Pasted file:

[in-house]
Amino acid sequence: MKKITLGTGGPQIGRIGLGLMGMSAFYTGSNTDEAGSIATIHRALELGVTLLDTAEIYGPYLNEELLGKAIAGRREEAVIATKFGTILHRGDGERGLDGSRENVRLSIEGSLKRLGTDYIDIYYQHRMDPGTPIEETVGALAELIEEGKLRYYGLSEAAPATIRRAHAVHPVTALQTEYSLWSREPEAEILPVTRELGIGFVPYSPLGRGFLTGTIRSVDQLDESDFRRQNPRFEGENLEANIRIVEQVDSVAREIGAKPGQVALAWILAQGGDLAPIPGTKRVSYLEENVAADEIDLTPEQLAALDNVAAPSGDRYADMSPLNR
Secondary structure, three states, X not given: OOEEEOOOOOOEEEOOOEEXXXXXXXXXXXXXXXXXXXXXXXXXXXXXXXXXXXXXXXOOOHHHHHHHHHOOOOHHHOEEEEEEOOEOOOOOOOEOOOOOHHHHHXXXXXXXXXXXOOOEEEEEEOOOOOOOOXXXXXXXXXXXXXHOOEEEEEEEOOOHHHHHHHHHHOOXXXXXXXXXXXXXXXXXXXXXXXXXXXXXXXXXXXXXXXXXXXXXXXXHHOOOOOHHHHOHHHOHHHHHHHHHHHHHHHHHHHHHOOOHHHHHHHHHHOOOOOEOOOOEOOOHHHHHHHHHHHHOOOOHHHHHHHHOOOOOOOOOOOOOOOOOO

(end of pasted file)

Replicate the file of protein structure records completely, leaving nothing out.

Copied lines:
[in-house]
Amino acid sequence: MKKITLGTGGPQIGRIGLGLMGMSAFYTGSNTDEAGSIATIHRALELGVTLLDTAEIYGPYLNEELLGKAIAGRREEAVIATKFGTILHRGDGERGLDGSRENVRLSIEGSLKRLGTDYIDIYYQHRMDPGTPIEETVGALAELIEEGKLRYYGLSEAAPATIRRAHAVHPVTALQTEYSLWSREPEAEILPVTRELGIGFVPYSPLGRGFLTGTIRSVDQLDESDFRRQNPRFEGENLEANIRIVEQVDSVAREIGAKPGQVALAWILAQGGDLAPIPGTKRVSYLEENVAADEIDLTPEQLAALDNVAAPSGDRYADMSPLNR
Secondary structure, three states, X not given: OOEEEOOOOOOEEEOOOEEXXXXXXXXXXXXXXXXXXXXXXXXXXXXXXXXXXXXXXXOOOHHHHHHHHHOOOOHHHOEEEEEEOOEOOOOOOOEOOOOOHHHHHXXXXXXXXXXXOOOEEEEEEOOOOOOOOXXXXXXXXXXXXXHOOEEEEEEEOOOHHHHHHHHHHOOXXXXXXXXXXXXXXXXXXXXXXXXXXXXXXXXXXXXXXXXXXXXXXXXHHOOOOOHHHHOHHHOHHHHHHHHHHHHHHHHHHHHHOOOHHHHHHHHHHOOOOOEOOOOEOOOHHHHHHHHHHHHOOOOHHHHHHHHOOOOOOOOOOOOOOOOOO